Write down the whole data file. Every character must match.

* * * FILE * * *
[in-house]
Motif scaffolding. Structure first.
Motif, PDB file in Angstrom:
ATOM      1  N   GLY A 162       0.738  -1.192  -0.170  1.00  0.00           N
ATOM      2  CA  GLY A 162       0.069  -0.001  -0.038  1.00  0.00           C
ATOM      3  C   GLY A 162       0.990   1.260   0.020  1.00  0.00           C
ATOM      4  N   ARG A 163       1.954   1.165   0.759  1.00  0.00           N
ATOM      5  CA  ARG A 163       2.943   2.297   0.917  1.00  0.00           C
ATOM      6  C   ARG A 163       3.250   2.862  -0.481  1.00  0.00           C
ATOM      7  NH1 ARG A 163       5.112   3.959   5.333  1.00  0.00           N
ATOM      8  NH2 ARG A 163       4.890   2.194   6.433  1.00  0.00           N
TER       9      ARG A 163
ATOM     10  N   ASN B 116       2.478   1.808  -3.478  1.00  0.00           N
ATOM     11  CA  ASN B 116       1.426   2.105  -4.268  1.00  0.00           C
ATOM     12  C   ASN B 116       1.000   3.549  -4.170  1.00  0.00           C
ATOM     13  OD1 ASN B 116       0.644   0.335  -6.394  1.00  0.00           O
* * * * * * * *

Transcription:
[in-house]
Motif scaffolding. Structure first.
Motif, PDB file in Angstrom:
ATOM      1  N   GLY A 162       0.738  -1.192  -0.170  1.00  0.00           N
ATOM      2  CA  GLY A 162       0.069  -0.001  -0.038  1.00  0.00           C
ATOM      3  C   GLY A 162       0.990   1.260   0.020  1.00  0.00           C
ATOM      4  N   ARG A 163       1.954   1.165   0.759  1.00  0.00           N
ATOM      5  CA  ARG A 163       2.943   2.297   0.917  1.00  0.00           C
ATOM      6  C   ARG A 163       3.250   2.862  -0.481  1.00  0.00           C
ATOM      7  NH1 ARG A 163       5.112   3.959   5.333  1.00  0.00           N
ATOM      8  NH2 ARG A 163       4.890   2.194   6.433  1.00  0.00           N
TER       9      ARG A 163
ATOM     10  N   ASN B 116       2.478   1.808  -3.478  1.00  0.00           N
ATOM     11  CA  ASN B 116       1.426   2.105  -4.268  1.00  0.00           C
ATOM     12  C   ASN B 116       1.000   3.549  -4.170  1.00  0.00           C
ATOM     13  OD1 ASN B 116       0.644   0.335  -6.394  1.00  0.00           O